The Luther College Society of Physics Students and Preus Library will be holding a solar eclipse observation event on the library lawn.
On Monday, August 21st, all of North America will experience a solar eclipse. The path of totality -- the path the moon's shadow traces on the earth during a total solar eclipse -- will stretch from Oregon to South Carolina. Decorah lies just outside of this path, so observers in NE Iowa will experience a partial solar eclipse, but it will be significant.
Luther College Professor of Physics Jeff Wilkerson says, "It's really uncommon for people to be able to view an eclipse of this magnitude. In this area, 87 percent of the sun will be covered by the moon's shadow. It will be a special event as every location in the U.S. will experience some part of the eclipse."
Wilkerson says the next time NE Iowa will experience an eclipse of this depth will be in 2099. There will be another partial eclipse in 2024, but it won't be as deep as the one that will occur on August 21st.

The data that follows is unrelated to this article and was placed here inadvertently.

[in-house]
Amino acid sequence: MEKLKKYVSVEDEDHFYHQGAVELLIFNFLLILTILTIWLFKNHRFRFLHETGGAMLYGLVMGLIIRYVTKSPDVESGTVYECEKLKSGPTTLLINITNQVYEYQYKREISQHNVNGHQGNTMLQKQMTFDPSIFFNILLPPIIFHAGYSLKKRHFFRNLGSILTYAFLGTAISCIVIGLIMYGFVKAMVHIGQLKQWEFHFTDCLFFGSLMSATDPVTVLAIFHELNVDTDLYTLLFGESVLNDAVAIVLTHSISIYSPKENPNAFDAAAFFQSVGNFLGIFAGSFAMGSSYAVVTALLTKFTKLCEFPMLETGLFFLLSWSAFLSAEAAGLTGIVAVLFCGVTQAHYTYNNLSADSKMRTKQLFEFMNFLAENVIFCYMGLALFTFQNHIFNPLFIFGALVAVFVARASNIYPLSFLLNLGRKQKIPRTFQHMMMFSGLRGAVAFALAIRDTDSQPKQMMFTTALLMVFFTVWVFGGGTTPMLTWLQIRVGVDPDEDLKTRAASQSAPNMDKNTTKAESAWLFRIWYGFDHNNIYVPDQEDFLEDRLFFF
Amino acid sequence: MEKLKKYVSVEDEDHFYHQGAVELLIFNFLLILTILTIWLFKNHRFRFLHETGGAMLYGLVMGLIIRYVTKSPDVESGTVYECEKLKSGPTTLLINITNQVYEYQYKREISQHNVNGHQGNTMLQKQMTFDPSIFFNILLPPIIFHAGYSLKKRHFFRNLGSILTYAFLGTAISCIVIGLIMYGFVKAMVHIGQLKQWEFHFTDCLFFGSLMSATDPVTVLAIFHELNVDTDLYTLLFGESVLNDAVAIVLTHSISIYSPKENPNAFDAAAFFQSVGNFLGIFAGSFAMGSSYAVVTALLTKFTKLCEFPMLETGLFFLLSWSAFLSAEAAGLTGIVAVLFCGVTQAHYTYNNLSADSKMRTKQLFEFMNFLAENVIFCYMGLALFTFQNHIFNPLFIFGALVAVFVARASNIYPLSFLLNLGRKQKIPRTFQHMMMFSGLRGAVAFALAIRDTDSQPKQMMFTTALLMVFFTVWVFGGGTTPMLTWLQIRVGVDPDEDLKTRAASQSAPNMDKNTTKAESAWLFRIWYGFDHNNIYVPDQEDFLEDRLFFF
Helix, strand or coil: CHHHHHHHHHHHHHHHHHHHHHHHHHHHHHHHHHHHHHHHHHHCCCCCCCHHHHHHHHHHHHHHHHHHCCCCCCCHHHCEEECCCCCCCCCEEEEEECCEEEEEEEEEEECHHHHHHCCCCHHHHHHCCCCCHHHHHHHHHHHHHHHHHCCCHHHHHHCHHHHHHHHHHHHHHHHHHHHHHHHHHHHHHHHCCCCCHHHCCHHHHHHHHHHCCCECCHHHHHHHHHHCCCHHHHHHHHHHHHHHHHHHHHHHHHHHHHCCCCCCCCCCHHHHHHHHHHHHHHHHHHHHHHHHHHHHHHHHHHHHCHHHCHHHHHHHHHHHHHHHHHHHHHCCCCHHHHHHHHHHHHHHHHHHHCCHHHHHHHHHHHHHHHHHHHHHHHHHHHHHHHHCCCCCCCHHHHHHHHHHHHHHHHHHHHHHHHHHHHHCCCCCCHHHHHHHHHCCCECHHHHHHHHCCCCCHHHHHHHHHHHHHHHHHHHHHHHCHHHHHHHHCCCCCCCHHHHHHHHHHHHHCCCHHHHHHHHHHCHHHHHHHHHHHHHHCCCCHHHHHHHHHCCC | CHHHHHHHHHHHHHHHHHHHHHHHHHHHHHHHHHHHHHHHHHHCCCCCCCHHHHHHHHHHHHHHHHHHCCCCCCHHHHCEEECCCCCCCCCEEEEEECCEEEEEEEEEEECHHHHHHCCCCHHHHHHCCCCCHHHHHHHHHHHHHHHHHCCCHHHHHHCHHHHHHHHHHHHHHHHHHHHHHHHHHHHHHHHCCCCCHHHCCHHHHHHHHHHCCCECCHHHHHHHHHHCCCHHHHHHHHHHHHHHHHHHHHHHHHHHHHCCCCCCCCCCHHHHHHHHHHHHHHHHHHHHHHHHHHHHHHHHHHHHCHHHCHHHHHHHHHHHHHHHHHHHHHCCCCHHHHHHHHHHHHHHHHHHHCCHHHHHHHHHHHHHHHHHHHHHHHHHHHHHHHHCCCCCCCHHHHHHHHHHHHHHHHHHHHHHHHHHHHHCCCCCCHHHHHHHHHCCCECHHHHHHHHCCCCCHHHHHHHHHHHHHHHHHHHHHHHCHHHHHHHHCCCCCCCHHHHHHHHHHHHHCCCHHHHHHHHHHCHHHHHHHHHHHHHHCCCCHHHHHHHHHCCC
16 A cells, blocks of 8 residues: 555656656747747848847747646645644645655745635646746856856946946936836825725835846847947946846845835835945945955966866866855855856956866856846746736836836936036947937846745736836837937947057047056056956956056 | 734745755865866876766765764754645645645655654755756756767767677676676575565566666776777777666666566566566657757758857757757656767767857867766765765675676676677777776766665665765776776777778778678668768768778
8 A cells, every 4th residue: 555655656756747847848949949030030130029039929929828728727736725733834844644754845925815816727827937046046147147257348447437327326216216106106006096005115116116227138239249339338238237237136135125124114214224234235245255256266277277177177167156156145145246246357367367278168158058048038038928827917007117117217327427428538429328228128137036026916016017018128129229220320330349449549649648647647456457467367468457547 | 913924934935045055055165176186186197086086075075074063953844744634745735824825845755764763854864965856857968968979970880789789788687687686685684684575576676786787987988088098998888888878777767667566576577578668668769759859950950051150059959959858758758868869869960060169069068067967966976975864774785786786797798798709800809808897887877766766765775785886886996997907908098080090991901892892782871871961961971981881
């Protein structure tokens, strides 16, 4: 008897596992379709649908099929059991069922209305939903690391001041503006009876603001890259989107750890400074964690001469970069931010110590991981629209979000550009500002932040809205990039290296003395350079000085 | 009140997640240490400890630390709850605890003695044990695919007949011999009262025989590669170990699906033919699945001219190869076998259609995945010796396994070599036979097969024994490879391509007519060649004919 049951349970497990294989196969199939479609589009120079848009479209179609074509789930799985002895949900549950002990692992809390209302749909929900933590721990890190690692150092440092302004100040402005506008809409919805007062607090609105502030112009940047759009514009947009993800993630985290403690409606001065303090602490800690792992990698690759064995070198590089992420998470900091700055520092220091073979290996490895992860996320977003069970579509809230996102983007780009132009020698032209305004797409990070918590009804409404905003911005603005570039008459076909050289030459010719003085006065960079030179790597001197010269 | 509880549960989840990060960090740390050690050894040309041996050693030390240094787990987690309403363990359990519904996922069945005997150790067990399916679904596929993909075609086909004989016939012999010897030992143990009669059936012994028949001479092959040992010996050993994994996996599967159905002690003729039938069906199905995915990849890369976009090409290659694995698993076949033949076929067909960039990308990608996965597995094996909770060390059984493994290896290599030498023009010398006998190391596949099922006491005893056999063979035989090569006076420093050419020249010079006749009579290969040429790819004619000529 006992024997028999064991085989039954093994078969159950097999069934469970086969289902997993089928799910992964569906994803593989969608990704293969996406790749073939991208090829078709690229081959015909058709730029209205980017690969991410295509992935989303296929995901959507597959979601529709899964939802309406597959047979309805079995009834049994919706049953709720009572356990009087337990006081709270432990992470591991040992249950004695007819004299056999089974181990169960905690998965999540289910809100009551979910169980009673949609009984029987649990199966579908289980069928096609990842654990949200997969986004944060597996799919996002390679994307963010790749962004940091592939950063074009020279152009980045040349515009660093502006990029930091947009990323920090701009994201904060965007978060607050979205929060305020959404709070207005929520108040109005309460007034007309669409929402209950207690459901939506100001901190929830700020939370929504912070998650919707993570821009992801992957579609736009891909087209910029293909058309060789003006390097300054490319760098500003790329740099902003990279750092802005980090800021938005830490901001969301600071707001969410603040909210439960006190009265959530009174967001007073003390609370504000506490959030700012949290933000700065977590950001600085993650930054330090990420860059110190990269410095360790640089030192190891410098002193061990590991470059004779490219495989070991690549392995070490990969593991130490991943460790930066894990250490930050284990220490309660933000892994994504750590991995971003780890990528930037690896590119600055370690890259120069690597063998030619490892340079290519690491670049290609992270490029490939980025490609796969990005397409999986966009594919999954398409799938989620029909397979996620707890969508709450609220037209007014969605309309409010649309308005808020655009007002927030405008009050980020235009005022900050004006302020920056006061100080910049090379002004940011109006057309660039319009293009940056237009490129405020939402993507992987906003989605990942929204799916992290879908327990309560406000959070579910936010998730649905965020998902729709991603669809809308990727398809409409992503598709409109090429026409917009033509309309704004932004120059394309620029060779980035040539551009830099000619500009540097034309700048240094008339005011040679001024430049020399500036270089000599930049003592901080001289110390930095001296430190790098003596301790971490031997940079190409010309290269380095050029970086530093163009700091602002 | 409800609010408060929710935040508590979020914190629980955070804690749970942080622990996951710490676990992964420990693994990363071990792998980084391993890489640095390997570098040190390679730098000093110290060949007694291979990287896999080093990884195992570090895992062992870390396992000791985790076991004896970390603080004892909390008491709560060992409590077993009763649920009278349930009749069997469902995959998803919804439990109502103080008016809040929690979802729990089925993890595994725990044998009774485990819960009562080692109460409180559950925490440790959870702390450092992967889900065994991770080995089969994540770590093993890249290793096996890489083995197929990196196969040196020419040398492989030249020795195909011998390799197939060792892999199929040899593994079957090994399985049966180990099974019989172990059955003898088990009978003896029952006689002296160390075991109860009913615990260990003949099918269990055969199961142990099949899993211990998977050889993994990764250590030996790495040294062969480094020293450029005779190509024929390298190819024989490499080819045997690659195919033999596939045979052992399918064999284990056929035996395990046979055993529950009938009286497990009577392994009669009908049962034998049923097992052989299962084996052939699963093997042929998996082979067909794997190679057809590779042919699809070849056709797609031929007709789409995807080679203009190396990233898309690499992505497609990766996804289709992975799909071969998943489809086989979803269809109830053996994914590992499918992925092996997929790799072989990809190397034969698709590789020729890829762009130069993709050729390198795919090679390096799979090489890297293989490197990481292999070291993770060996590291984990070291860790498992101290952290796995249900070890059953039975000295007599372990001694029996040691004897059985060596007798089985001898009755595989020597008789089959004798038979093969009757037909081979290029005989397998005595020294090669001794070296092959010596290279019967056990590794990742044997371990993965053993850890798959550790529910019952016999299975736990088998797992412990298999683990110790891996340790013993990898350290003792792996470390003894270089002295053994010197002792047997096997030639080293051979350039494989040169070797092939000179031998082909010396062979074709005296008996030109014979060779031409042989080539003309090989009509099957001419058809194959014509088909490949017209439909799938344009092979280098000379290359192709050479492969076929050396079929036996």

The eclipse will begin in Decorah around 11:46 a.m. and will end about 2:34 p.m. At the height of the eclipse around 1:10 p.m., 87 percent of the sun will be eclipsed. Members of Luther's Society of Physics Students will be on hand at the event and will have observing glasses and pinhole projection systems to allow for safe viewing.
An interpretive display along with information on the upcoming eclipse will be available in Preus Library beginning Monday. The public is invited to view the information prior to the event and also attend the viewing on August 21st on the Preus Library lawn.